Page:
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Style GL - Views printed with overlapping color screen patterns that create a disturbing visual effect. These images have a soft look to them and often seem off register.


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Globe Trotter Series - This numbered but unlettered series depicted international views that were issued in sets. These cards were printed in the same technique as those of the E Series.


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Style H - Hand colored collotypes depicting views.


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Rotograph issued a number of hand colored postcards without a letter prefix. They often have highly decorative graphic frames around the image in a style found on earlier cards from the National Art Views Co.


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(Style H) - A sub-series of embossed lithographic greeting cards, many with Dutch themes. The letter H only on this prefix has a slanted crossbar that can be confused with the letter N.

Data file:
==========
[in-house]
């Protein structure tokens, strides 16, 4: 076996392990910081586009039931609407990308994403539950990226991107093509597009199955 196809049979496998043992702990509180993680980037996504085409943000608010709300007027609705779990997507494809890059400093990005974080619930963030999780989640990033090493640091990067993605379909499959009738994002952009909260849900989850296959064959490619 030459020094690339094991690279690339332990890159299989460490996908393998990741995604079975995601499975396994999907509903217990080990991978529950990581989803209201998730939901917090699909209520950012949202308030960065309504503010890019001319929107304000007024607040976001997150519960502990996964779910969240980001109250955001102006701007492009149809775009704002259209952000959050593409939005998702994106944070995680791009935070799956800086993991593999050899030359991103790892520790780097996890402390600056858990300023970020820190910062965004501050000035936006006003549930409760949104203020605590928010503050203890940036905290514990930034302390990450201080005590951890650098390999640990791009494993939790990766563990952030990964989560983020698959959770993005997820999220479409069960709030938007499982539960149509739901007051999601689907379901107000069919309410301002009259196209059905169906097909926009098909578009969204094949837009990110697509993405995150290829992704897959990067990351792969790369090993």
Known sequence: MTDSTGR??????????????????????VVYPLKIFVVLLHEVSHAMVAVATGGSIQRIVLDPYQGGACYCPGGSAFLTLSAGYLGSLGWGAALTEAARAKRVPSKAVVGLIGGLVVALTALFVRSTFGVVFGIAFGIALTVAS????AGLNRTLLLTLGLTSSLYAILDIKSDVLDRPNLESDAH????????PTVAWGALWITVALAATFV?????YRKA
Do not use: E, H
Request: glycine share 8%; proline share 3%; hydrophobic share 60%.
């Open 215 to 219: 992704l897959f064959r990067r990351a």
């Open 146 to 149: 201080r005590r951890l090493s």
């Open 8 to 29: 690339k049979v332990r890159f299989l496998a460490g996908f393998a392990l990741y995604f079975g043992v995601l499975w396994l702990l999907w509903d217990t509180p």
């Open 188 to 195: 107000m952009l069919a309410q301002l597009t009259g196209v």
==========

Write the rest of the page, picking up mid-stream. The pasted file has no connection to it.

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Style I - View-cards depicting Japan. Due to Rotograph’s use of fancy fonts these cards may not be a series but just a unique part of the J Series.


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Style J - Mostly hand colored collotypes depicting domestic life in Japan along with some landscapes. There are 75 cards in this series.


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Style M - Art reproductions. Only the early cards have the Rotograph name on them as this series was latter taken over by Stengel.


Real Photo Postcard

Style N - Night scenes. Printed in tinted collotype with a heavy dark blue cast and bright highlights similar to the look of copper window cards. Many other night views were made in the B series.


Real Photo Postcard

Style NPG - Glossy real photo sets of Dutch scenes with deep delft blue toning. These were manufactured by the New Photographic Society in Germany.


Real Photo Postcard

Style O - Real photo cards on bromide paper in embossed frames that were made in England. Real photo cards in the identical format were made by Davidson Brothers of London.


Real Photo Postcard

Style P - Photo cards on glossy bromide paper set in large embossed borders that were made in England.